Given the side effects that are often associated with normal medicine, there are research scientists and traditional medicine enthusiasts who have in the recent past advocated for complementary techniques in managing trigeminal neuralgia. These techniques will, in most cases, be used alongside the normal medicine you are given by a physician. Before starting on any alternative treatment procedure, it is advisable that you consult a doctor so that they can advise you on the contraindications of the method you are about to start using. Besides, the alternative therapies for trigeminal neuralgia all have different success levels and may or may not work well for you as they have done for someone else.
To promote their well-being, some patients consider low impact exercises, meditation, yoga, aromatherapy, and creative visualization. Some of the other options that have brought success for patients include nutritional therapy, vitamin therapy, biofeedback, upper cervical chiropractic, and acupuncture. It is also possible to enjoy minor pain relief after having a botulinum toxin injection. This injection blocks the sensory nerves so you do not feel the pain.
You will notice that over time, the medicines and alternative treatments that you use for trigeminal neuralgia become ineffective. In such a scenario, you should think about surgical procedures. The success of a surgical procedure to treat trigeminal neuralgia will depend on your preference, the nature of pain you are feeling, your physical health and whether or not you have had other surgeries in the past. The doctor will walk you through these and other options that you have before you proceed, so you have all your options laid bare.
Surgery for Trigeminal Neuralgia
Surgery for trigeminal neuralgia can be carried out as an outpatient procedure. In complex situations, you might need general anesthesia for this. You will feel numb on your face for a while. Sadly, even if the surgery was a success, there is always a chance that your trigeminal neuralgia might recur after a while.
There are different types of surgical procedures that can be used to treat trigeminal neuralgia. These include the following:
Gamma Knife Radiosurgery. Here radiation is used to focus on the trigeminal nerve
Microvascular Decompression. This is a procedure used to remove or move blood vessels that are interfering with the nerves
Rhizotomy. A process where the nerve fibers are destroyed. There are different ways of going about this, so talk to your doctor about it for proper understanding.
Home Remedies for Trigeminal Neuralgia
To help you manage trigeminal neuralgia, you do not always have to use conventional medicine. There are lots of home remedies that you can use. Most of these might already be in your kitchen. As a precautionary measure, it is advisable that you consult your doctor before you start using any of these remedies. This is to enable them to look at your medical history, the remedies you plan on using, and advise you on the best course of action, especially to fend off the possibility of an allergic reaction.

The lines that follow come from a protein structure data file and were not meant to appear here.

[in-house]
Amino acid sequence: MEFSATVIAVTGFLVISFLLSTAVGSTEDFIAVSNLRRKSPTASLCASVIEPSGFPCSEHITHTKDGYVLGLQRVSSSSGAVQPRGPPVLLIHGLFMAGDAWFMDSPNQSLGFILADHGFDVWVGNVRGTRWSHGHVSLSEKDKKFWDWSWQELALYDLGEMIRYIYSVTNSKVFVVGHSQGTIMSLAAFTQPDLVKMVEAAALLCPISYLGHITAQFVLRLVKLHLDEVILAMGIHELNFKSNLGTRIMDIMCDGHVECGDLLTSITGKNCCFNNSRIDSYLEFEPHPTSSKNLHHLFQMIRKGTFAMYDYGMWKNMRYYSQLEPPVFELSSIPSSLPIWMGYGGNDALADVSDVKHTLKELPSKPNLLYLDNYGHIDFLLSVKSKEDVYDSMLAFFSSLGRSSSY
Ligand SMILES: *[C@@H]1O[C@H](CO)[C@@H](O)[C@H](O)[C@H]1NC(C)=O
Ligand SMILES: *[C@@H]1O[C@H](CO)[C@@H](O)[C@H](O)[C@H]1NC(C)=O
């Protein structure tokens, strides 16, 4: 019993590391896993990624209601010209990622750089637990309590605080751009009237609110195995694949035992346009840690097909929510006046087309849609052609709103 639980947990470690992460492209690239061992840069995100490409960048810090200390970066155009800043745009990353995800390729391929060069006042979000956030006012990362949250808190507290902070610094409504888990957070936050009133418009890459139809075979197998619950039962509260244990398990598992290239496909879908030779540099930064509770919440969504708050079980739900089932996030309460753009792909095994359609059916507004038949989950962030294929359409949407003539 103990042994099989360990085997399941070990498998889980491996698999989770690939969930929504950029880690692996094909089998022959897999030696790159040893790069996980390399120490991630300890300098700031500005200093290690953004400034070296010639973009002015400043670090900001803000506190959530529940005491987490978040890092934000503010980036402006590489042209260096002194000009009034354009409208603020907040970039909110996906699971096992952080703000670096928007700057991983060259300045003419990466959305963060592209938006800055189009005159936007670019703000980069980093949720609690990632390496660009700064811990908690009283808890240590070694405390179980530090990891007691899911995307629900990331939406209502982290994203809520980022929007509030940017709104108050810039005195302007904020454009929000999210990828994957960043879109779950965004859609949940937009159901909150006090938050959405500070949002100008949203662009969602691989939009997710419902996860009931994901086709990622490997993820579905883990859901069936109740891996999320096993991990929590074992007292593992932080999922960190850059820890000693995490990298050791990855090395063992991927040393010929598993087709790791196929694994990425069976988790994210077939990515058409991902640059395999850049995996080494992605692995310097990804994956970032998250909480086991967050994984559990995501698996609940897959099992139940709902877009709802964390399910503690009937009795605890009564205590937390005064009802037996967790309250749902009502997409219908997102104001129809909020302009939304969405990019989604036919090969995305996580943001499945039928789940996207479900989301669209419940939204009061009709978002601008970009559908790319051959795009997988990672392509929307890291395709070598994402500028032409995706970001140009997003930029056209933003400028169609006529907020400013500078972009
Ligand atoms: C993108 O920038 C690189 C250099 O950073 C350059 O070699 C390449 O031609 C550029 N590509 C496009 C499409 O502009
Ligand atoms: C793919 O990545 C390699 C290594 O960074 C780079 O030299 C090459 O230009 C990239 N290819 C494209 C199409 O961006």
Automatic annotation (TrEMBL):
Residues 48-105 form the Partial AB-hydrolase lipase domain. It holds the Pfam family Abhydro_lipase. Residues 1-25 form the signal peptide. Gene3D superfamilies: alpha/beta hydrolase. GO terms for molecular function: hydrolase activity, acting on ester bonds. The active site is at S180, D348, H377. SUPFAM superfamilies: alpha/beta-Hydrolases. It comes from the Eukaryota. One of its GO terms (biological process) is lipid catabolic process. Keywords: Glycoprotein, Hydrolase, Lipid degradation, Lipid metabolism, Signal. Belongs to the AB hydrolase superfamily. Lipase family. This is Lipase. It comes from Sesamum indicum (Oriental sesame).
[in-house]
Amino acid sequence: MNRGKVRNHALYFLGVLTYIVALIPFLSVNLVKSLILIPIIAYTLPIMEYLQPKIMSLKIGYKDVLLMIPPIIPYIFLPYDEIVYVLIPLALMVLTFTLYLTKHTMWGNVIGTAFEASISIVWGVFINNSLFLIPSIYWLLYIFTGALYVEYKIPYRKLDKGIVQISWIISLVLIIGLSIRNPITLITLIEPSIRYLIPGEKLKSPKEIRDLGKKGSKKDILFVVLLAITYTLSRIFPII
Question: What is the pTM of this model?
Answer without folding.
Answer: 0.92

Modify Your Diet. You should include lots of monounsaturated fatty acids in your meal plans. These fatty acids are useful in efficient metabolism and as a result, they help reduce inflammation. They are present in natural foods like grapeseed oil, avocado, nuts, corn oil, sesame oil, groundnut oil, hazelnuts, canola oil, peanuts, cashews, and almonds.
Omega-3 fatty acids will also help you strengthen your trigeminal nerve, alongside other cranial nerves. There are a lot of fruits and vegetables that contain Vitamin B and the Omega-3 fatty acids that you need. These include parsley, legumes, kale, mint, pumpkin seeds, flaxseed, walnuts, oatmeal, yogurt, soymilk, juice, milk, eggs, leafy greens, cheese, whole grains and so forth.
Another group of foods that you need to include in your diet is Vitamin A foods, like mangoes, parsley, tomatoes, sweet potatoes, apricots, broccoli, cabbages, carrots and frozen peas. They will help you boost your immune system.
Ashwagandha Oil. This oil can be applied to give you relief from the pain you are feeling. It has good anti-inflammatory properties that go a long way in providing relief when you need it. Other than that, it also has antioxidants that make you heal faster, by supporting your immune system. This oil has been used in so many homeopathic cases as a sedative, therefore it will also induce a sensation of calmness in your nervous system.
Rosemary. One of the main reasons why rosemary will be useful when you are suffering from trigeminal neuralgia is its analgesic properties. It will help you get pain relief. It has unique properties that strengthen your nerves, which makes it a good option when struggling with trigeminal neuralgia. Apart from that, rosemary is also an antioxidant, which acts to support your immune system, making you heal faster. It is a nerve sedative, so it makes your nerves calm down, providing anxiety relief in the process. Even when suffering from a traumatic experience, applying rosemary can help you calm down. You will get the same benefits when you take rosemary tea. However, as a precautionary measure, pregnant women are advised to avoid taking rosemary in any form.
Avocado Carrot Juice. This is a blend of two juices that are very healthy and loaded with nutrients and minerals that your body needs. From this blend, you will receive important nutrients that provide relief from neuralgia. Avocado is a known source of Vitamins B3, B5, and folic acid. Carrots, on the other hand, are a good source of Vitamins B6, B5, B1, B2, C, A and folic acid.
One of the roles of thiamin (Vitamin B1) is the maintenance of your nervous system. Other than that, it also helps you by encouraging normal, healthy brain activity, and memory boost. Niacin (Vitamin B3) also has a maintenance function and supporting hormone synthesis. It also serves the body as an antioxidant.